It’s a sad state of affairs in the city of Newark, New Jersey’s public schools. In a well publicized donation, Facebook CEO Mark Zuckerberg donated $100 million to the city’s struggling school system which has a graduation rate of 67 percent. But it turns out that the money was mismanaged and did not trickle down to the schools and individual students as expected. Instead, it lined the pockets of consultants and firms who were being paid as much as $1,000 a day with no accountability or proof of work. In a two year time period from 2010-2012, more than $20 million went to consulting firms according to New Yorker magazine.
The question becomes, who is at fault for the mismanagement of the now nearly expended $100 million donation? Some fault Mark Zuckerberg for throwing money at a problem but having no experience or training in education or oversight of the largest single donation in the city’s history. Others say the fault lies squarely at the feet of now Senator Cory Booker, who as Mayor of Newark helped to broker the entire deal. The former mayor’s tenure in Newark has been very controversial, filled with scandals also dealing with the use of consultants by the city over other funds.
Although Booker hired a new school superintendent at the urging of Zuckerberg, it did little to solve the real underlying issues facing the Newark school system; the social and emotional issues of the students. Newark is a major city with big city issues of crime, lack of resources and extreme poverty, and the children of the city bring these same issues to school with them every day. The New Yorker magazine, in a 12 page story, indicated that the “city spends more money per student than most districts in the entire country, none of which was reaching the children it existed to help.”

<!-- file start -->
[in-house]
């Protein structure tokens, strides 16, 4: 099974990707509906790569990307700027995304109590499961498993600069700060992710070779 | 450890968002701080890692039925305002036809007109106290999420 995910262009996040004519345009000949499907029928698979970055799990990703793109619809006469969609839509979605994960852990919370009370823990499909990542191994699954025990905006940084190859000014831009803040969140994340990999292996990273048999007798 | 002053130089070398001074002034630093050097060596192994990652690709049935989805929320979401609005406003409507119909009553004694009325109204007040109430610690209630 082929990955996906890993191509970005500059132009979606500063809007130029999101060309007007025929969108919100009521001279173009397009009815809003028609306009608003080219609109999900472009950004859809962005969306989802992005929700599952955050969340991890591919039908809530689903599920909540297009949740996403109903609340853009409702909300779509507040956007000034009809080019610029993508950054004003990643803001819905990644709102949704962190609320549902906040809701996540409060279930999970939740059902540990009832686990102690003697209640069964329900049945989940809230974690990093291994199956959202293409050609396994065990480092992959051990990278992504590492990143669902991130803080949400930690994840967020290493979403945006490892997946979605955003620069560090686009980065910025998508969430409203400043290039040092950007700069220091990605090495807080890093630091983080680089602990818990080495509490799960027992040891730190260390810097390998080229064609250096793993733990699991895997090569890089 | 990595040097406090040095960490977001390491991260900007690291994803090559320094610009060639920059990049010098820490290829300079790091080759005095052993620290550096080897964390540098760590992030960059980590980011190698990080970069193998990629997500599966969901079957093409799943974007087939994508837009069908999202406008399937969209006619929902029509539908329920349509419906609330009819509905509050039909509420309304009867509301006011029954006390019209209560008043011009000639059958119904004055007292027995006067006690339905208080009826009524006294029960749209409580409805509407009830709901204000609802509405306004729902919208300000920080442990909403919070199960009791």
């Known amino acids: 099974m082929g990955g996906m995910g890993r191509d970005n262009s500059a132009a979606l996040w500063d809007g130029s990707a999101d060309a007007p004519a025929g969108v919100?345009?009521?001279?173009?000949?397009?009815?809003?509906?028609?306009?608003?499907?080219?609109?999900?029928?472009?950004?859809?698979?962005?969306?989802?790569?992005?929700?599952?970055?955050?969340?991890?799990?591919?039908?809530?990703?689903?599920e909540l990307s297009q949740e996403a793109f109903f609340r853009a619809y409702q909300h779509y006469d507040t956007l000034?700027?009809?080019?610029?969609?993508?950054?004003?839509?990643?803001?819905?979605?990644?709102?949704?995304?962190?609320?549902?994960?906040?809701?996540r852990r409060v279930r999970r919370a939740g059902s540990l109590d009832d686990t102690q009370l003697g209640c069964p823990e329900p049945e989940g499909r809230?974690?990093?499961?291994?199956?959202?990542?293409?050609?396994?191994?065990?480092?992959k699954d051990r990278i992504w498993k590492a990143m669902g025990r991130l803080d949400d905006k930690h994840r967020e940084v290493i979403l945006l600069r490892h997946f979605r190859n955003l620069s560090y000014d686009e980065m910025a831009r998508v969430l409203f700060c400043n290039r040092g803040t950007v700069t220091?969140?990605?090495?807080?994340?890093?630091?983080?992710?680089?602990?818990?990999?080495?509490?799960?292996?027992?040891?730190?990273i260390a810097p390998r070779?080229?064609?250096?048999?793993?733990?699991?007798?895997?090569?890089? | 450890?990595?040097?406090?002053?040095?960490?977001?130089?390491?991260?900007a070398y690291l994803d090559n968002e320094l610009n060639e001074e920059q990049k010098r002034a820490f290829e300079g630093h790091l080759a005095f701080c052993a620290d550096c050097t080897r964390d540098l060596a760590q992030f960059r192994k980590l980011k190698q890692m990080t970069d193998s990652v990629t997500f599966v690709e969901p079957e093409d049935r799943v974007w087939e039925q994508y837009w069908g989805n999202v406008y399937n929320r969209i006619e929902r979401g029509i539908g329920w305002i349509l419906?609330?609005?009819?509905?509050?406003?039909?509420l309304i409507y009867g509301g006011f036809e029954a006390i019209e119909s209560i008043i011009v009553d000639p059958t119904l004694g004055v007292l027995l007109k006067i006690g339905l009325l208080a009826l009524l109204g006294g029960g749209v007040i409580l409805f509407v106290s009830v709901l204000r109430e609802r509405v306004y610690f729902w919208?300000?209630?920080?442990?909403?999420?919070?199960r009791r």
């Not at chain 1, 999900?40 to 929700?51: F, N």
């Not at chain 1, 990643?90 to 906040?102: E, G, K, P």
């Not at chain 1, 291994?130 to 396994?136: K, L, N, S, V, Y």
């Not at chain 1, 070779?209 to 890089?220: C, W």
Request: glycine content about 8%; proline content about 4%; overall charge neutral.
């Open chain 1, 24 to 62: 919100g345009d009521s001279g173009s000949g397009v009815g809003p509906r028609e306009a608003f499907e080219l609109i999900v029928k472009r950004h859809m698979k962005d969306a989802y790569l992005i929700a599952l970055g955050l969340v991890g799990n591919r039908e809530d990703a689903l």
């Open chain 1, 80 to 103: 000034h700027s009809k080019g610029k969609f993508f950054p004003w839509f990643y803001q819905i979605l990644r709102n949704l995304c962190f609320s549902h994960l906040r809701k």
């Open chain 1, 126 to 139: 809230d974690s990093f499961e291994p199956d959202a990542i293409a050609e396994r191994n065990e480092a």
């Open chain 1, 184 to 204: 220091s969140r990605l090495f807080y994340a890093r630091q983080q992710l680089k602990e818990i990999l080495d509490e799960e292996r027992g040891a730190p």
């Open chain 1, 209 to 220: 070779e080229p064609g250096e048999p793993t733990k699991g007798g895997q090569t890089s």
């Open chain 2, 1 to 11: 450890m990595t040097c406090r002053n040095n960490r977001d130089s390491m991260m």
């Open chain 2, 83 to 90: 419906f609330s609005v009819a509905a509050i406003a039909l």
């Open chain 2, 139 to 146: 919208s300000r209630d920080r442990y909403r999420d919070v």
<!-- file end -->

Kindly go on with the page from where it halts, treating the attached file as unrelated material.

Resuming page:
In response to the social issues of the students, the new superintendent, Cami Anderson came up with a program called “One Newark.” The key feature of the program would allow parents to choose what schools they wanted to send their children to. In the program, kids who suffered from special needs or came from a low income household would have first choice. But the plan was never implemented and let down thousands of children across the city. The “One Newark” plan was purely an idea on paper that was put into action with no programs in place. Vivian Cox Fraser, the president of the Urban League of Essex County, New Jersey is quoted as saying “Everybody’s getting paid but Raheem still can’t read.” All the city of Newark can do now is wait on another philanthropist to help the city’s struggling schools and students.